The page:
Substantial pay rises for chief executives and vice-chancellors at New Zealand’s polytechnics and universities reveal growing inequality.
The State Services Commission released the pay bands of New Zealand’s tertiary education leaders yesterday.
Seven of the 19 universities, polytechnics and wānanga where the chief executive and vice-chancellor did not change in the last two years received a pay rise of more than $10,000.
Several of those leaders who left, such as Lincoln’s Dr Andrew West ($117,000 for his last day of duty), seem to have received substantial golden handshakes to see them on their way.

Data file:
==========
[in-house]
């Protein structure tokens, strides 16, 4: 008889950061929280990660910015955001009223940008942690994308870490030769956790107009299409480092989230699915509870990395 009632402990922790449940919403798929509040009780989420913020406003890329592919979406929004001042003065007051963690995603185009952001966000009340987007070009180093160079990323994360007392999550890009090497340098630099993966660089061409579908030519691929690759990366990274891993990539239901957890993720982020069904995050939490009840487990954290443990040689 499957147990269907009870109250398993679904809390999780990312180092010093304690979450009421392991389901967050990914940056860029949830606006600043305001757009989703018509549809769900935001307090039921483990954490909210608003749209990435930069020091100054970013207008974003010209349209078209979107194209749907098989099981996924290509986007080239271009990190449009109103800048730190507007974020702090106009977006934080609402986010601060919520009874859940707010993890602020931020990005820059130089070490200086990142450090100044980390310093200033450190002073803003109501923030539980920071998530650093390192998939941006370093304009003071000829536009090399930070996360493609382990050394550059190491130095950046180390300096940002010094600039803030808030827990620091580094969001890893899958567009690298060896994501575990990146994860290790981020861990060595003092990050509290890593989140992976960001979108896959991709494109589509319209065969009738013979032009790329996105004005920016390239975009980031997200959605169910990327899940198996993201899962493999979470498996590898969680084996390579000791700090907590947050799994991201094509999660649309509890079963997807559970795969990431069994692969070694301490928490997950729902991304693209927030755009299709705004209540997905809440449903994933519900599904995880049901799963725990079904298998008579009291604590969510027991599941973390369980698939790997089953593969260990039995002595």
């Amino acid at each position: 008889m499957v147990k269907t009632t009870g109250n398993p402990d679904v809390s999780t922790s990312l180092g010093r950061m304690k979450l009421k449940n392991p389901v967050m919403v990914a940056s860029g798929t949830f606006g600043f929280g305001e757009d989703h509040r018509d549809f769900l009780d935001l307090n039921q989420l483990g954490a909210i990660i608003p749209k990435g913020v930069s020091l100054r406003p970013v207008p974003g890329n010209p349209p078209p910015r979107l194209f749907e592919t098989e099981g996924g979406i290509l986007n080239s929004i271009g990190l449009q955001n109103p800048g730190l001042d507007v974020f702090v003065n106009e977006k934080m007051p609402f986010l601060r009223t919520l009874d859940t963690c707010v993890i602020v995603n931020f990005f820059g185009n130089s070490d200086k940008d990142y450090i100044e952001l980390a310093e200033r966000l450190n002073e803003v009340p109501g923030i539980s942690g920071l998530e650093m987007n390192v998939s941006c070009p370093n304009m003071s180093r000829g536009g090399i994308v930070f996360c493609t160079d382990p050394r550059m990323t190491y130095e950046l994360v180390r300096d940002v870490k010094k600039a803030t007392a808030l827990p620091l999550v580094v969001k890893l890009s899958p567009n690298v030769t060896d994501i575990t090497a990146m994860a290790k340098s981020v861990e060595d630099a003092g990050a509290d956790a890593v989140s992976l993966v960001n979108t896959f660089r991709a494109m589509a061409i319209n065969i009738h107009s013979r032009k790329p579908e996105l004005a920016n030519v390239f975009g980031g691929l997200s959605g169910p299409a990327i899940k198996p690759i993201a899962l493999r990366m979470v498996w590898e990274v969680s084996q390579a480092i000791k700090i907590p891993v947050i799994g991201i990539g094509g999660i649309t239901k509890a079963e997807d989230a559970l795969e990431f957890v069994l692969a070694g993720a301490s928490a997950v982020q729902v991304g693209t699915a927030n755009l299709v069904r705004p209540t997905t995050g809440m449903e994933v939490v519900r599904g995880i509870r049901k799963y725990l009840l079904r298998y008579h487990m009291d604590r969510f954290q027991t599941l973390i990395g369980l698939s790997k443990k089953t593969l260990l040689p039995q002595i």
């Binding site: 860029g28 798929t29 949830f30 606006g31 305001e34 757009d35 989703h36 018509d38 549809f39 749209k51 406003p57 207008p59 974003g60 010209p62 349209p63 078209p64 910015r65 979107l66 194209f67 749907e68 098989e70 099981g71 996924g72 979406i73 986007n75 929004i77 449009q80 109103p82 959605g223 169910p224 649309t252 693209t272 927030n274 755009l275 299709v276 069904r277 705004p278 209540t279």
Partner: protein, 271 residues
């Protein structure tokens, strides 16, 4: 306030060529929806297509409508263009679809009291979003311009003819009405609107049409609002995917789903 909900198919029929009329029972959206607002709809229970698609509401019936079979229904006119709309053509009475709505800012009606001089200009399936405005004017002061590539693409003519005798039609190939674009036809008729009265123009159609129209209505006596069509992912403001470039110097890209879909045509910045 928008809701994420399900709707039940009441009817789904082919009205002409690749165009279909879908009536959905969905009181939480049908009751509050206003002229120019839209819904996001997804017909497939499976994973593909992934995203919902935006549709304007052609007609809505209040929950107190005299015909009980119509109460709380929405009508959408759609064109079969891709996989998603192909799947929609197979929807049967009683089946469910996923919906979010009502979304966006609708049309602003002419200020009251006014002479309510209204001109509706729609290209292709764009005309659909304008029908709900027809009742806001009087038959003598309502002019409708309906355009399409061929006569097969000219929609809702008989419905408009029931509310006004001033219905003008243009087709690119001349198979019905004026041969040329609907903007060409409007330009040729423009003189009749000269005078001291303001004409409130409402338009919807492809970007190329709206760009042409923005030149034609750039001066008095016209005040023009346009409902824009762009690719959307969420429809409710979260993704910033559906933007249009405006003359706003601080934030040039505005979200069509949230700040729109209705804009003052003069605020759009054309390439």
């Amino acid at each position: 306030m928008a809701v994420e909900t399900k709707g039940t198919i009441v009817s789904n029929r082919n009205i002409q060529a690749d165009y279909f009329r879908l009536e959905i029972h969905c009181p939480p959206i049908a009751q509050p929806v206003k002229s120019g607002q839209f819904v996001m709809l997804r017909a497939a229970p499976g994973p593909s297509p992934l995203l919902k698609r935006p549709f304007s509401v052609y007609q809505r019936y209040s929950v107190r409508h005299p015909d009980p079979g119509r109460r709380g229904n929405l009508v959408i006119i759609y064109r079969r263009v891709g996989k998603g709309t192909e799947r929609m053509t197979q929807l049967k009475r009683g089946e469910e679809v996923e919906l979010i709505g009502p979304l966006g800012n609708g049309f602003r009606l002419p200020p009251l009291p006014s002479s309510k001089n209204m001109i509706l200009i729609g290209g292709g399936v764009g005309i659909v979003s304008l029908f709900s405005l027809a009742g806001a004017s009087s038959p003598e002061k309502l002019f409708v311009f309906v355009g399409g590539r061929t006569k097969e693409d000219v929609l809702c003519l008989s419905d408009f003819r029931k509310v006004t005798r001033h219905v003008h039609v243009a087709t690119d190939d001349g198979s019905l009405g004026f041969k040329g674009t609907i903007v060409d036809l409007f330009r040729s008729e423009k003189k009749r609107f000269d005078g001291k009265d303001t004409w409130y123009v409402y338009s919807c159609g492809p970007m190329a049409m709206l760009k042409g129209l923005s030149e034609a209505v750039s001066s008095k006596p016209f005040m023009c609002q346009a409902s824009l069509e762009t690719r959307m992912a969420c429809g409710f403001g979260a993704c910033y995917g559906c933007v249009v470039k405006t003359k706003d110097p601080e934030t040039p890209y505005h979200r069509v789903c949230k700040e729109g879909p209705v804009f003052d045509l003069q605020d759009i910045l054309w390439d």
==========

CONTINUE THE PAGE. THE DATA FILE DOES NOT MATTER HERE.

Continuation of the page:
The University of Auckland’s vice-chancellor Prof Stuart McCutcheon saw his pay increase to over $680,000. Some of the lowest paid people working at his university earn $36,000. Professor McCutcheon earns that much in less than three weeks.
Dr Peter Brothers at Manukau Institute of Technology got a pay rise of over $60,000. During that time, Dr Brothers oversaw more than 50 people at his polytechnic losing their jobs and several courses closed.
TEU national president Sandra Grey says these figures reveal growing inequality in tertiary education.
“Our members have been campaigning to make sure the people who earn the least get the biggest percentage pay rise. We are working hard for a Living Wage for everyone working in universities and polytechnics.”
“It’s embarrassing to see our bosses taking pay rises that they are not willing to offer to the people who work for them.”